Job Creation Hits 29-Year Low in 2009
In 2009, at the height of the Great Recession, the U.S. economy saw historically large declines in job creation rates. From 2006 to 2009, the overall job creation rate fell by 25%, and job creation from startup companies fell by an enormous 34%.
“These statistics are sobering,” says Peter Gioia, CBIA vice president and economist. “They make it imperative that policymakers help, not hinder, a climate for business investment that will create jobs now.”
The data were released in a brief on the latest update to the Census Bureau’s Business Dynamics Statistics (BDS), which is partially funded by the Ewing Marion Kauffman Foundation.
The BDS brief shows that job creation rates for both existing and new businesses are lower in 2009 than in any year since at least 1980. These historically low rates reflect more than the large decline in overall economic activity and job creation at the time. The downward trends in both job creation and destruction rates over the past few decades, accompanied by the unusually steep decline in the job creation rate from business startups, also contributed to 2009’s lower job creation rates.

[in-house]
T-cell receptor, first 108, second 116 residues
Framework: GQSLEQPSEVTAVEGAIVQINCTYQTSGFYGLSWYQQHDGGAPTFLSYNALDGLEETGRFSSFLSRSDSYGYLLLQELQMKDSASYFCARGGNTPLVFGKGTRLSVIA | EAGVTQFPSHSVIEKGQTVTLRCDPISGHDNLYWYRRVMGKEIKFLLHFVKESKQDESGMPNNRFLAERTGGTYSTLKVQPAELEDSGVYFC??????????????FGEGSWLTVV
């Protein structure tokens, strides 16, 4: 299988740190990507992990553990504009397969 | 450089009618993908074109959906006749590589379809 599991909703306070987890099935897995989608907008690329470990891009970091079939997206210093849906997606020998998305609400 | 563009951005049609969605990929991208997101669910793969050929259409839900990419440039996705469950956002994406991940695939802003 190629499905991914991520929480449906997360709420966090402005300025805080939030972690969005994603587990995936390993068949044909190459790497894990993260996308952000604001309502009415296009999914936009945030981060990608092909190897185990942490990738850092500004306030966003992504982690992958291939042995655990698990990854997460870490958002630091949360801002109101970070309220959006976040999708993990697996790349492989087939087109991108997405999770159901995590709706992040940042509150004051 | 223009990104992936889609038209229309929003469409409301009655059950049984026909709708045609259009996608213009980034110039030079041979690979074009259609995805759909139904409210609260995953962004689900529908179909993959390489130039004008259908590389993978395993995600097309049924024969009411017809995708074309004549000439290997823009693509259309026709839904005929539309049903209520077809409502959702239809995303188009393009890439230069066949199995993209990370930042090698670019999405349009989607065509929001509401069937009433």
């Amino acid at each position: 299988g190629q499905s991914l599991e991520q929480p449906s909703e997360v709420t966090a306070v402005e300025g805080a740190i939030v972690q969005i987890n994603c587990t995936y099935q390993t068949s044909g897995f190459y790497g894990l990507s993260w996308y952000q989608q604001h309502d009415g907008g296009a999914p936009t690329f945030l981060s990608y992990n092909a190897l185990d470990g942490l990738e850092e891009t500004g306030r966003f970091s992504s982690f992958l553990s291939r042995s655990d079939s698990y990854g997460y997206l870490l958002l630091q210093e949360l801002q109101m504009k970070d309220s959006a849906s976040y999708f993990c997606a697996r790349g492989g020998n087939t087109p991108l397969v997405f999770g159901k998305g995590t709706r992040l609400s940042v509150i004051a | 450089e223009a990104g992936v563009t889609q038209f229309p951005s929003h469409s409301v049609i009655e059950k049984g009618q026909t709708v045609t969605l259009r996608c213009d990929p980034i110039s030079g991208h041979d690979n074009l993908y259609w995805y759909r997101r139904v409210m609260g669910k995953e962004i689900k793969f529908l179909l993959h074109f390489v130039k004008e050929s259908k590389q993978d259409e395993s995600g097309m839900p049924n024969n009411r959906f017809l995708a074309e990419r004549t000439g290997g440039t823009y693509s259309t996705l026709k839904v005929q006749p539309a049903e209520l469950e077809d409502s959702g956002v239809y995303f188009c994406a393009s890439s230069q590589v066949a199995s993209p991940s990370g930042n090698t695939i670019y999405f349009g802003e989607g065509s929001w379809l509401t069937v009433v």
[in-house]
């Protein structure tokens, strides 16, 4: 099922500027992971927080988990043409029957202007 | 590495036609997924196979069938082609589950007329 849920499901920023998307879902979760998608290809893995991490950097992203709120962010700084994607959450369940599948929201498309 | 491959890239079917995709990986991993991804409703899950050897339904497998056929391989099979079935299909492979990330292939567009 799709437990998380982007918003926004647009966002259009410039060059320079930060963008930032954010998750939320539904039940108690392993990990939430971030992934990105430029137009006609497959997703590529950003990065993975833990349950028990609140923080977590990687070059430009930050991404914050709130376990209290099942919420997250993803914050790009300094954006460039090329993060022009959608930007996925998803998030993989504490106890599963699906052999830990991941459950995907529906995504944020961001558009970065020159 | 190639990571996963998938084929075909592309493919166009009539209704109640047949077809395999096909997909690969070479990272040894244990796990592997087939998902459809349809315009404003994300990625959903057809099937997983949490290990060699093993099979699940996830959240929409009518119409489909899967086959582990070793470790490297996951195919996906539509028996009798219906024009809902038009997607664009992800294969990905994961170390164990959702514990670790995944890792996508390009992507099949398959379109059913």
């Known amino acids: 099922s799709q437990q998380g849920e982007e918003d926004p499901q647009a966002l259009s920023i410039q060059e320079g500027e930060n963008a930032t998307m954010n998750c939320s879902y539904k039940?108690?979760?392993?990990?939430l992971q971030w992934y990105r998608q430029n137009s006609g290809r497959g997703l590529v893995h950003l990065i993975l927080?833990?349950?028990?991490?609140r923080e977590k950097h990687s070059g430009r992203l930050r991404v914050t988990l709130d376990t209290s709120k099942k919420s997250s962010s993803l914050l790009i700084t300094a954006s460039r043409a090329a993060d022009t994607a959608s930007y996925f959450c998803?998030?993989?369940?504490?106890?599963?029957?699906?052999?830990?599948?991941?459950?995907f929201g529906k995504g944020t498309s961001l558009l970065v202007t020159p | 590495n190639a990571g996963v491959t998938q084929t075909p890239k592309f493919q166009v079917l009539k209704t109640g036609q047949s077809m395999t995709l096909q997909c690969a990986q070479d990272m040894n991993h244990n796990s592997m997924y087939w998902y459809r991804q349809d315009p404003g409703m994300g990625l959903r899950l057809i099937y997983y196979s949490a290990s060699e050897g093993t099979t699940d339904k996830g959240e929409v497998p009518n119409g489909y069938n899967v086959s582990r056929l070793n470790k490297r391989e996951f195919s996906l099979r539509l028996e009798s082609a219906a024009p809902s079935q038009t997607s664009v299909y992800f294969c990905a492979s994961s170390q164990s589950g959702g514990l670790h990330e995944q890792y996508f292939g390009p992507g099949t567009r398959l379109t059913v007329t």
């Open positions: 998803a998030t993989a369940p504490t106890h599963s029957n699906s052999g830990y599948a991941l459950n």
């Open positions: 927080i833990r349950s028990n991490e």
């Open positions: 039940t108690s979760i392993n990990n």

In evaluating job creation rates of startups and existing firms in recessions over the past three decades, the brief found that startups were more impacted by the Great Recession than any other recession since the early 80s. Between 1999 and 2002, startup job creation remained steady, while job destruction increased. In the most recent recession, job destruction also increased but job creation decreased substantially.
Though new and expanding firms created more than 14 million new jobs between 2006 and 2009, that figure is still lower than in past recessions.
For more information, go to www.ces.census.gov.
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